One of the clauses in the $13.2 million offer sheet Moses Malone signed with the Philadelphia 76ers was ruled invalid yesterday.
Kingman Brewster, a court-appointed special master who hears disputes arising from the settlement of the Oscar Robertson antitrust suit, also ruled the Houston Rockets, Malone's team the past six years, have the right of first refusal for any offer sheet. The 76ers had contended Houston did not have that right.
Brewster heard testimony yesterday in New York concerning the offer sheet and then took the matter under advisement.
In addition to the base salary of $1.6 million a year for six seasons and a $1 million signing bonus -- all in cash -- there are six clauses in the offer sheet, five of which the National Basketball Association believes are designed to prevent Houston from matching the offer. Malone became a free agent this summer when his six-year contract with Houston expired.
Brewster said he will rule on the other clauses by Saturday or Monday. If the 76ers are found to be in violation of NBA rules, the clauses will be struck. A league spokesman also said the team could be fined as much as $250,000. Houston originally had 15 days, or until Saturday, to match Philadelphia's offer; now they will have 24 hours from the time of Brewster's rulings to match it.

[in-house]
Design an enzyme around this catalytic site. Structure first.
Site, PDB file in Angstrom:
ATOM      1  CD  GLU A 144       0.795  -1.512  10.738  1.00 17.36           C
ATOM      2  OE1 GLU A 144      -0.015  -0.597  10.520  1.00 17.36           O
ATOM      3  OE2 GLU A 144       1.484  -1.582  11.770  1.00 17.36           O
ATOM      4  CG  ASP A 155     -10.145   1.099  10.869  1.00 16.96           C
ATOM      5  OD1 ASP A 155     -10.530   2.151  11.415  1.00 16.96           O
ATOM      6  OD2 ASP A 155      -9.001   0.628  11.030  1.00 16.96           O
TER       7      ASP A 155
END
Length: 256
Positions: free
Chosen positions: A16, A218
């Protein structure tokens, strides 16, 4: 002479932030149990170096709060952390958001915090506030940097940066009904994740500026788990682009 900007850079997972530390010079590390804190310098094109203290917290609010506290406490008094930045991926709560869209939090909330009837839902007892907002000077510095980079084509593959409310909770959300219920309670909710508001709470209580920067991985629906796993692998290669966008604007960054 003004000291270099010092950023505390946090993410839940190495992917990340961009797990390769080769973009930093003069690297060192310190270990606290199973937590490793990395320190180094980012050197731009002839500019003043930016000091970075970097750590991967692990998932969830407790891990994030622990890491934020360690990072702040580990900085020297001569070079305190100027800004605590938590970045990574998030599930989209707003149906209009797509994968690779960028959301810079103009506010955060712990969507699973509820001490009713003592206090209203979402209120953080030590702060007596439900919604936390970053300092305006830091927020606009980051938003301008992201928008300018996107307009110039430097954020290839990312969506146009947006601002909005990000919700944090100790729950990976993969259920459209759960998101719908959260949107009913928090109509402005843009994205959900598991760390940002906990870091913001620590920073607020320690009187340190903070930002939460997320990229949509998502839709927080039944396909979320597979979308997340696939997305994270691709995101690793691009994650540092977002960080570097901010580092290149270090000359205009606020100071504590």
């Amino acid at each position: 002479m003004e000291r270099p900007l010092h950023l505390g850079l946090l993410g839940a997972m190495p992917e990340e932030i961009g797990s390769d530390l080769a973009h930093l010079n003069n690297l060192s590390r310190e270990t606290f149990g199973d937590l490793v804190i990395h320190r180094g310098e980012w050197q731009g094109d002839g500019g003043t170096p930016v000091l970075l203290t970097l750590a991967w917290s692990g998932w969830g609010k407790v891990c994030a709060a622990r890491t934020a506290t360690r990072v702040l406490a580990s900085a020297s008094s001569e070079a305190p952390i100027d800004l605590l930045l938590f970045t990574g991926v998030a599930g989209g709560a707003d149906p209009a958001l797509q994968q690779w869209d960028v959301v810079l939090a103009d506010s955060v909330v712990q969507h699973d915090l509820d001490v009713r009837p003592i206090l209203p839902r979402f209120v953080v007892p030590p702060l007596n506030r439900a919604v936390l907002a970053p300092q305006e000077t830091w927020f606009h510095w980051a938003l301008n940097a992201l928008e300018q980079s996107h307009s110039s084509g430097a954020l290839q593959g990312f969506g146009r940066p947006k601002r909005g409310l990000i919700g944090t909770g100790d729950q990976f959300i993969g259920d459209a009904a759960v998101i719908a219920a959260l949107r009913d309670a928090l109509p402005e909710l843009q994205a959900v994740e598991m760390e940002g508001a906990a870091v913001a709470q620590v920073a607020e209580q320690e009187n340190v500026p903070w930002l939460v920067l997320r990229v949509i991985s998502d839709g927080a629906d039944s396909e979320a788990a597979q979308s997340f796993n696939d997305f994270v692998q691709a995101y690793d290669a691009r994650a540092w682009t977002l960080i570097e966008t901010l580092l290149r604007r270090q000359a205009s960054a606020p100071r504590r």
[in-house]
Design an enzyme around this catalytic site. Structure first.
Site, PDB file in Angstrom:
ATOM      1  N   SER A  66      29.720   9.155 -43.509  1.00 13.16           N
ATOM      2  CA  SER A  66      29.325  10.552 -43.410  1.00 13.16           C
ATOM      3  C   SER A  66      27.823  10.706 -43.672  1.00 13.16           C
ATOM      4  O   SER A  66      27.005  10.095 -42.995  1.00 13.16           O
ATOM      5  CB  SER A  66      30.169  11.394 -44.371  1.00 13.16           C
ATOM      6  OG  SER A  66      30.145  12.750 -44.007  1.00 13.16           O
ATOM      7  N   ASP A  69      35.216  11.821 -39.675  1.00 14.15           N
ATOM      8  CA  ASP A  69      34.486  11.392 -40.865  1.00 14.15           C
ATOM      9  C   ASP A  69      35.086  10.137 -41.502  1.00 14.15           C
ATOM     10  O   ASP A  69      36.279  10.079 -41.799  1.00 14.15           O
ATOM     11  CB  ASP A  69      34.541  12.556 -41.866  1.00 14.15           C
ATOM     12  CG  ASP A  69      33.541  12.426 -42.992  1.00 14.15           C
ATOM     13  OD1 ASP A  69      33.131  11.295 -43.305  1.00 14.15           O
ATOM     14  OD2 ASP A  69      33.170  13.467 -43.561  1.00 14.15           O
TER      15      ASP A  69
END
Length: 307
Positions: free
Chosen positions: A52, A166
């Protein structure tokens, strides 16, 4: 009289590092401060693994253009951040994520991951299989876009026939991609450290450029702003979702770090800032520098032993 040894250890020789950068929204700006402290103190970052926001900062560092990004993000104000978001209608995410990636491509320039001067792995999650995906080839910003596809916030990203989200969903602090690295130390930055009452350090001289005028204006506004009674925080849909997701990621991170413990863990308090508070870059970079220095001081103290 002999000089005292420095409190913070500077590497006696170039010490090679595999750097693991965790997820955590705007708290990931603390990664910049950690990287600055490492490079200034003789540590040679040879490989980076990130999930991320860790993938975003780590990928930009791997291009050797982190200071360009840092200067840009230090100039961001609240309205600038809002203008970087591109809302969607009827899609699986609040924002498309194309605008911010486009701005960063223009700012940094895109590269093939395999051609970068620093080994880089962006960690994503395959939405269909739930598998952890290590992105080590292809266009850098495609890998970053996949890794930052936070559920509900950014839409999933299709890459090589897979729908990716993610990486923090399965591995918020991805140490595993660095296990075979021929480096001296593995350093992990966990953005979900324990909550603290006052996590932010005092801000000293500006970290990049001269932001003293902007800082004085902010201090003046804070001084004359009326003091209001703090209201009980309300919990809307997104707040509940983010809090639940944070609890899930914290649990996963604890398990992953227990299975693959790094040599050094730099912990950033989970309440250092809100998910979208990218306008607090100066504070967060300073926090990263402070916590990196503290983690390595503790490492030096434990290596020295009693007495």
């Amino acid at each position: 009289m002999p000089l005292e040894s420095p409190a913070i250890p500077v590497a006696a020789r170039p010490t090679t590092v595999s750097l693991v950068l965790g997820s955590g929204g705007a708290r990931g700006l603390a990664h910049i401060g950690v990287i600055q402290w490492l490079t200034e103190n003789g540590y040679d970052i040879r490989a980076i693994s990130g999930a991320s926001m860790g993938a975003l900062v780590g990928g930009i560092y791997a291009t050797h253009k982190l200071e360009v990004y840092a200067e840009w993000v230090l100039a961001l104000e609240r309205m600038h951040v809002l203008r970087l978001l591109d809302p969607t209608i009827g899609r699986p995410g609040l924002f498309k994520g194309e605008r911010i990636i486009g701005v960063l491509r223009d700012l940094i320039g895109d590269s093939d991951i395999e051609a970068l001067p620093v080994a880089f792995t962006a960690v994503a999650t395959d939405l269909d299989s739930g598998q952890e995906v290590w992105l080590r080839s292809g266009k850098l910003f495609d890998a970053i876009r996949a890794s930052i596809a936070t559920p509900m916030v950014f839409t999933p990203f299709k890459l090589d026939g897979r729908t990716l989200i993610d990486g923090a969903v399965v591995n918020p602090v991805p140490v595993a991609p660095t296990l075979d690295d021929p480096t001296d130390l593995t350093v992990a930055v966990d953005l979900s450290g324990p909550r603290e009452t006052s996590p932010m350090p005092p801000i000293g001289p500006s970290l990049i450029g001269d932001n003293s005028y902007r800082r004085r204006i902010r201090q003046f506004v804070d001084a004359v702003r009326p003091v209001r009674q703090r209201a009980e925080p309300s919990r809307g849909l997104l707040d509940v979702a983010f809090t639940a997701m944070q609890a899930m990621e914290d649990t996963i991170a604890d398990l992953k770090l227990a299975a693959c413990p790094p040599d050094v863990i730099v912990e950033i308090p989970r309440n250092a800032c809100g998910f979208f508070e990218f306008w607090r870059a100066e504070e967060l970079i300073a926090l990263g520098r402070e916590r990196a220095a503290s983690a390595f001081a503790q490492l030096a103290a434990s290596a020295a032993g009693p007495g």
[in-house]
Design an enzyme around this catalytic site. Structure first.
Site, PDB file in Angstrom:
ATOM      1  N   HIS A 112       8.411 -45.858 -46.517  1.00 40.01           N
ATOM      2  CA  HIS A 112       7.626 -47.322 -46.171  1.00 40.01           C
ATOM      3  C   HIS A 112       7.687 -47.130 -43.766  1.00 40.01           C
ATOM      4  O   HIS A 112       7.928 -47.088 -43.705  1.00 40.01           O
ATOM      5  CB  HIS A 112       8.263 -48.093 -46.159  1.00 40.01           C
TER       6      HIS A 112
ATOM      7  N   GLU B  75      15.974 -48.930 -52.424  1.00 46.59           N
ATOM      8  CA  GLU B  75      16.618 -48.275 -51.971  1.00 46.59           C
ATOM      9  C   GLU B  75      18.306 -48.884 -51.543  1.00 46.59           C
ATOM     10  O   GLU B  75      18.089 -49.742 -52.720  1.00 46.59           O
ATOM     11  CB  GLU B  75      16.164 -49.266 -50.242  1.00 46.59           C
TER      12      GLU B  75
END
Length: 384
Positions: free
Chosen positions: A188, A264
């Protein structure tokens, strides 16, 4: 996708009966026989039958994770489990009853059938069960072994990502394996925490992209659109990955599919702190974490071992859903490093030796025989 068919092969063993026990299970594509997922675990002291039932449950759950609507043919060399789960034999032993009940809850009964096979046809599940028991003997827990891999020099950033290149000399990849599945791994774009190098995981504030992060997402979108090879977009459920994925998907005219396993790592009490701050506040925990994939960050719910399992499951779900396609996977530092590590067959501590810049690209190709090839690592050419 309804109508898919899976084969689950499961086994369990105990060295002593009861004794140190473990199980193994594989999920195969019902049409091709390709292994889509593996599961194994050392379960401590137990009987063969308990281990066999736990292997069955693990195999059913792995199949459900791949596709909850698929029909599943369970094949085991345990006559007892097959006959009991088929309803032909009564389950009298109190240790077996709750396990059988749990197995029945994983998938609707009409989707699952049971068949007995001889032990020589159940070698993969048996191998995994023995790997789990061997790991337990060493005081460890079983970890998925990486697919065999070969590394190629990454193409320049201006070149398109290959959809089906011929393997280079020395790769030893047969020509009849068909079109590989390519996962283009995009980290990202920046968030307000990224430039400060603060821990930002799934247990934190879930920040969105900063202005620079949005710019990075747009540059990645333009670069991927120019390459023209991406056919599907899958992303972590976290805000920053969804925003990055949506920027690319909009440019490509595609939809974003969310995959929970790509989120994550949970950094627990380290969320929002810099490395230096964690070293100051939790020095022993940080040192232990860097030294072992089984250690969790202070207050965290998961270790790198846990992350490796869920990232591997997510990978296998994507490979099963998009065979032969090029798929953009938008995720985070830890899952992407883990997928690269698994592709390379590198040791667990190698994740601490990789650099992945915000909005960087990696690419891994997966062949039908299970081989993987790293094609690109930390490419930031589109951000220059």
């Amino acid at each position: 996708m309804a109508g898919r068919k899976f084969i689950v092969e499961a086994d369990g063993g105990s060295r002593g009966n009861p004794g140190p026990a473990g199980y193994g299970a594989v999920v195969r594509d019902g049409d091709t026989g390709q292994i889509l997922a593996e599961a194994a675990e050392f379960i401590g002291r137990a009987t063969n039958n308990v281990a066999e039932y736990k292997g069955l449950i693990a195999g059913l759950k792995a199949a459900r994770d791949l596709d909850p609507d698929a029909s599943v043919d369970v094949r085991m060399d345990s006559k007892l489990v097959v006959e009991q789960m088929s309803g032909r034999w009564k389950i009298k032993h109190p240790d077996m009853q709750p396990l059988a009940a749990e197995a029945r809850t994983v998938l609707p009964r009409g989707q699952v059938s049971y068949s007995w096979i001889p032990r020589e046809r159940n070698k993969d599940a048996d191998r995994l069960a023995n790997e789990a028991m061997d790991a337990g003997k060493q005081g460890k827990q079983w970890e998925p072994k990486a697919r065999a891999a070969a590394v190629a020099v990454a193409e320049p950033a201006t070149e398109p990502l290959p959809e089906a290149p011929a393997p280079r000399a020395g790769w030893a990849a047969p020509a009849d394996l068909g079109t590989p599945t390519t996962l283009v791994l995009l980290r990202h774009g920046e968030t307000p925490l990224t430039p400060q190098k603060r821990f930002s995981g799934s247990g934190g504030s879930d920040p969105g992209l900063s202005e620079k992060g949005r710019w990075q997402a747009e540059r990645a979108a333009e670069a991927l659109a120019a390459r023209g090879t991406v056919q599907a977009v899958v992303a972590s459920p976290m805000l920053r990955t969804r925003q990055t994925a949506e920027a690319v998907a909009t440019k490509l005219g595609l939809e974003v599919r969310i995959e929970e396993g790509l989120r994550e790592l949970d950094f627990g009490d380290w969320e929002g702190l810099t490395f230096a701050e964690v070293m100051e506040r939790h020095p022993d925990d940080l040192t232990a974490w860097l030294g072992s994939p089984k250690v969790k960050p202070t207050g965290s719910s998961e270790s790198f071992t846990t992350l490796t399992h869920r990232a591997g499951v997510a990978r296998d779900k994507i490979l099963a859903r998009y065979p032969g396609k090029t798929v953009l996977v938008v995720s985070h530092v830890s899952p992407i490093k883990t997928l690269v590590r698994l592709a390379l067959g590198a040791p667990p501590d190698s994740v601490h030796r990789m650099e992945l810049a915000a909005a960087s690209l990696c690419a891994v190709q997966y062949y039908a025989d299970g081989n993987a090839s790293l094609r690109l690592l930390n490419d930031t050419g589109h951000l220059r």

Brewster ruled Houston does not have to match the clause calling for Malone to be paid a bonus if he does not earn a certain amount in endorsements. He also denied the contention by the 76ers and attorneys for Malone that the Rockets, who were recently sold, cannot transfer their right of first refusal from one ownership to another.
Another clause the NBA objects to would give Malone $100,000 each year that none of his teammates makes the league's top 10 in scoring, rebounding, steals or assists. The 76ers had someone in each of those categories last season; aside from Malone, Houston had no one among the league leaders.
Another clause would give Malone $200,000 for each of the first three seasons the team he signs with does not rank in the top six in the league in road attendance. Philadelphia was second behind Boston last season; Houston was eighth.
Another calls for Malone to get 5 percent of his team's gross receipts for the season in excess of $4 million. This could discourage the Rockets from matching the offer sheet, then trading Malone to a team with high attendance totals, such as Seattle, Los Angeles or Boston.
Among those testifying at the all-day hearing were attorneys representating the NBA, the NBA Players Association, Malone and the past and incoming owners of the Rockets. Also present were several 76ers representatives: owner Harold Katz, General Manager Pat Williams, Coach Billy Cunningham, Business Manager John Nash and attorneys for the team.